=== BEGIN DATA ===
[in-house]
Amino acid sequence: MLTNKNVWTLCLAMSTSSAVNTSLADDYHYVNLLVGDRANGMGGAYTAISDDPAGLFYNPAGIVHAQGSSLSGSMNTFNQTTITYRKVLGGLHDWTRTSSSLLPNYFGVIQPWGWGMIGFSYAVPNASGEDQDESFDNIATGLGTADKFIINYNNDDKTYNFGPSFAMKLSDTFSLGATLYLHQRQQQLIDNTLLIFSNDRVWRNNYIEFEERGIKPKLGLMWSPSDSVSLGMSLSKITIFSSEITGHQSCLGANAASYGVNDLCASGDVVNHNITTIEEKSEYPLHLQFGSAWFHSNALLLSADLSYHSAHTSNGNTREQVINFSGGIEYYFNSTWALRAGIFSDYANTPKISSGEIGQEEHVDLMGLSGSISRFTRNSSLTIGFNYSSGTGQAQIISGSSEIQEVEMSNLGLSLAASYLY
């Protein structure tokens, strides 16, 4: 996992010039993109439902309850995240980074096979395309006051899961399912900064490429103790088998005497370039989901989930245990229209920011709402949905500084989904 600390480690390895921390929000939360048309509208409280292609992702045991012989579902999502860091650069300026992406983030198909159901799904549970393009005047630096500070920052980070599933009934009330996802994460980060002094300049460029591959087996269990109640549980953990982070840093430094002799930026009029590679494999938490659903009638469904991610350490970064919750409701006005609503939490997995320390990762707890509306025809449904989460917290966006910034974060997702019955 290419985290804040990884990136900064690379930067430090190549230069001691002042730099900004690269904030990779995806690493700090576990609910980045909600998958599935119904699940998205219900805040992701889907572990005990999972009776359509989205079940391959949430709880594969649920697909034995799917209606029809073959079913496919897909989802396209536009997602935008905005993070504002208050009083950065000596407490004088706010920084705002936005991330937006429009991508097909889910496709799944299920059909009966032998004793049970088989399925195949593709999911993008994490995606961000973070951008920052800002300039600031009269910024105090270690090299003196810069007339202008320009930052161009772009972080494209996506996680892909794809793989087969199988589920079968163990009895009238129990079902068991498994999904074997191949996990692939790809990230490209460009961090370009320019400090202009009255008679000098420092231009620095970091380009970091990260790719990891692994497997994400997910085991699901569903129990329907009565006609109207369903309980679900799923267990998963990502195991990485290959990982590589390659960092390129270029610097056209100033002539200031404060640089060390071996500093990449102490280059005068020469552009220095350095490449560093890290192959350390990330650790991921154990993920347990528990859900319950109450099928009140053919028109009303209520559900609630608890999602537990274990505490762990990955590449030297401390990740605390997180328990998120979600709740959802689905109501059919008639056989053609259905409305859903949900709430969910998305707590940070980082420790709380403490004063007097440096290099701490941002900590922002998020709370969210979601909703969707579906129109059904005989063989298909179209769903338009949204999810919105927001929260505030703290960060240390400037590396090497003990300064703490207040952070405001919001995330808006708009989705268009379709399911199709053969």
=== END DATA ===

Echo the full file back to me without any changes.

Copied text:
[in-house]
Amino acid sequence: MLTNKNVWTLCLAMSTSSAVNTSLADDYHYVNLLVGDRANGMGGAYTAISDDPAGLFYNPAGIVHAQGSSLSGSMNTFNQTTITYRKVLGGLHDWTRTSSSLLPNYFGVIQPWGWGMIGFSYAVPNASGEDQDESFDNIATGLGTADKFIINYNNDDKTYNFGPSFAMKLSDTFSLGATLYLHQRQQQLIDNTLLIFSNDRVWRNNYIEFEERGIKPKLGLMWSPSDSVSLGMSLSKITIFSSEITGHQSCLGANAASYGVNDLCASGDVVNHNITTIEEKSEYPLHLQFGSAWFHSNALLLSADLSYHSAHTSNGNTREQVINFSGGIEYYFNSTWALRAGIFSDYANTPKISSGEIGQEEHVDLMGLSGSISRFTRNSSLTIGFNYSSGTGQAQIISGSSEIQEVEMSNLGLSLAASYLY
């Protein structure tokens, strides 16, 4: 996992010039993109439902309850995240980074096979395309006051899961399912900064490429103790088998005497370039989901989930245990229209920011709402949905500084989904 600390480690390895921390929000939360048309509208409280292609992702045991012989579902999502860091650069300026992406983030198909159901799904549970393009005047630096500070920052980070599933009934009330996802994460980060002094300049460029591959087996269990109640549980953990982070840093430094002799930026009029590679494999938490659903009638469904991610350490970064919750409701006005609503939490997995320390990762707890509306025809449904989460917290966006910034974060997702019955 290419985290804040990884990136900064690379930067430090190549230069001691002042730099900004690269904030990779995806690493700090576990609910980045909600998958599935119904699940998205219900805040992701889907572990005990999972009776359509989205079940391959949430709880594969649920697909034995799917209606029809073959079913496919897909989802396209536009997602935008905005993070504002208050009083950065000596407490004088706010920084705002936005991330937006429009991508097909889910496709799944299920059909009966032998004793049970088989399925195949593709999911993008994490995606961000973070951008920052800002300039600031009269910024105090270690090299003196810069007339202008320009930052161009772009972080494209996506996680892909794809793989087969199988589920079968163990009895009238129990079902068991498994999904074997191949996990692939790809990230490209460009961090370009320019400090202009009255008679000098420092231009620095970091380009970091990260790719990891692994497997994400997910085991699901569903129990329907009565006609109207369903309980679900799923267990998963990502195991990485290959990982590589390659960092390129270029610097056209100033002539200031404060640089060390071996500093990449102490280059005068020469552009220095350095490449560093890290192959350390990330650790991921154990993920347990528990859900319950109450099928009140053919028109009303209520559900609630608890999602537990274990505490762990990955590449030297401390990740605390997180328990998120979600709740959802689905109501059919008639056989053609259905409305859903949900709430969910998305707590940070980082420790709380403490004063007097440096290099701490941002900590922002998020709370969210979601909703969707579906129109059904005989063989298909179209769903338009949204999810919105927001929260505030703290960060240390400037590396090497003990300064703490207040952070405001919001995330808006708009989705268009379709399911199709053969």